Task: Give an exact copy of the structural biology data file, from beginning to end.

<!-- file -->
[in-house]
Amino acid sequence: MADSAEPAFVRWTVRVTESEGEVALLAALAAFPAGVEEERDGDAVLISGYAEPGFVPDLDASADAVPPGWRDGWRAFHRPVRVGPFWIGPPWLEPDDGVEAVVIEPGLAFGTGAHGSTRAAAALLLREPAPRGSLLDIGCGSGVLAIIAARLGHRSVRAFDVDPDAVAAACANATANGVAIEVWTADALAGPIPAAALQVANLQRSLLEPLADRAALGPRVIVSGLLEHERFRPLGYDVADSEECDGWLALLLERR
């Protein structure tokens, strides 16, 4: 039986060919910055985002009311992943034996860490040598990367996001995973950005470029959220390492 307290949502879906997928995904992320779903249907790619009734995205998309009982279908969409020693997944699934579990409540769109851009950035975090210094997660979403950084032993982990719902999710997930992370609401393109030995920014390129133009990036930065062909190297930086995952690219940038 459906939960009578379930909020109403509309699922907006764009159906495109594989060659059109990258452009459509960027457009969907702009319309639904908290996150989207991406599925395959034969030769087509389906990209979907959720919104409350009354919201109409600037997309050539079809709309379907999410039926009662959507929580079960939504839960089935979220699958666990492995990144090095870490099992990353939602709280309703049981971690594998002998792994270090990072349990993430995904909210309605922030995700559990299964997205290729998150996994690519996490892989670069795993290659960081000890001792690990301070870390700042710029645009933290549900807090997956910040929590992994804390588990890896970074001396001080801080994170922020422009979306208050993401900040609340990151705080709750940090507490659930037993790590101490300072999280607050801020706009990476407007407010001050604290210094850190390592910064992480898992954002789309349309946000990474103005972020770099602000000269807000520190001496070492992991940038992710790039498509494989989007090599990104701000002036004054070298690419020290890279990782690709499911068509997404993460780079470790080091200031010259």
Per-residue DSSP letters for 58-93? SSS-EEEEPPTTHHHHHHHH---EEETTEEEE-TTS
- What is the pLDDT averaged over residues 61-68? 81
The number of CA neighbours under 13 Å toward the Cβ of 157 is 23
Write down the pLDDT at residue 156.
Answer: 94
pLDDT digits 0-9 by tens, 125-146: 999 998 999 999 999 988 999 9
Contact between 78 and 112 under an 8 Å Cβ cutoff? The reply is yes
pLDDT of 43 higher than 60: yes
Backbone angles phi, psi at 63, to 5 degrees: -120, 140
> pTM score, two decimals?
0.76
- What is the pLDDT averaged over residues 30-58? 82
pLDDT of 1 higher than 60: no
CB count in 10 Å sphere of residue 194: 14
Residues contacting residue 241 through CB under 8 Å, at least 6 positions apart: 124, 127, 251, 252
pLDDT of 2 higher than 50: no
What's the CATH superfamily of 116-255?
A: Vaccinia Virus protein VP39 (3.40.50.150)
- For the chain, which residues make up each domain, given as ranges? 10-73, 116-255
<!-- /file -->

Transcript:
[in-house]
Amino acid sequence: MADSAEPAFVRWTVRVTESEGEVALLAALAAFPAGVEEERDGDAVLISGYAEPGFVPDLDASADAVPPGWRDGWRAFHRPVRVGPFWIGPPWLEPDDGVEAVVIEPGLAFGTGAHGSTRAAAALLLREPAPRGSLLDIGCGSGVLAIIAARLGHRSVRAFDVDPDAVAAACANATANGVAIEVWTADALAGPIPAAALQVANLQRSLLEPLADRAALGPRVIVSGLLEHERFRPLGYDVADSEECDGWLALLLERR
């Protein structure tokens, strides 16, 4: 039986060919910055985002009311992943034996860490040598990367996001995973950005470029959220390492 307290949502879906997928995904992320779903249907790619009734995205998309009982279908969409020693997944699934579990409540769109851009950035975090210094997660979403950084032993982990719902999710997930992370609401393109030995920014390129133009990036930065062909190297930086995952690219940038 459906939960009578379930909020109403509309699922907006764009159906495109594989060659059109990258452009459509960027457009969907702009319309639904908290996150989207991406599925395959034969030769087509389906990209979907959720919104409350009354919201109409600037997309050539079809709309379907999410039926009662959507929580079960939504839960089935979220699958666990492995990144090095870490099992990353939602709280309703049981971690594998002998792994270090990072349990993430995904909210309605922030995700559990299964997205290729998150996994690519996490892989670069795993290659960081000890001792690990301070870390700042710029645009933290549900807090997956910040929590992994804390588990890896970074001396001080801080994170922020422009979306208050993401900040609340990151705080709750940090507490659930037993790590101490300072999280607050801020706009990476407007407010001050604290210094850190390592910064992480898992954002789309349309946000990474103005972020770099602000000269807000520190001496070492992991940038992710790039498509494989989007090599990104701000002036004054070298690419020290890279990782690709499911068509997404993460780079470790080091200031010259």
Per-residue DSSP letters for 58-93? SSS-EEEEPPTTHHHHHHHH---EEETTEEEE-TTS
- What is the pLDDT averaged over residues 61-68? 81
The number of CA neighbours under 13 Å toward the Cβ of 157 is 23
Write down the pLDDT at residue 156.
Answer: 94
pLDDT digits 0-9 by tens, 125-146: 999 998 999 999 999 988 999 9
Contact between 78 and 112 under an 8 Å Cβ cutoff? The reply is yes
pLDDT of 43 higher than 60: yes
Backbone angles phi, psi at 63, to 5 degrees: -120, 140
> pTM score, two decimals?
0.76
- What is the pLDDT averaged over residues 30-58? 82
pLDDT of 1 higher than 60: no
CB count in 10 Å sphere of residue 194: 14
Residues contacting residue 241 through CB under 8 Å, at least 6 positions apart: 124, 127, 251, 252
pLDDT of 2 higher than 50: no
What's the CATH superfamily of 116-255?
A: Vaccinia Virus protein VP39 (3.40.50.150)
- For the chain, which residues make up each domain, given as ranges? 10-73, 116-255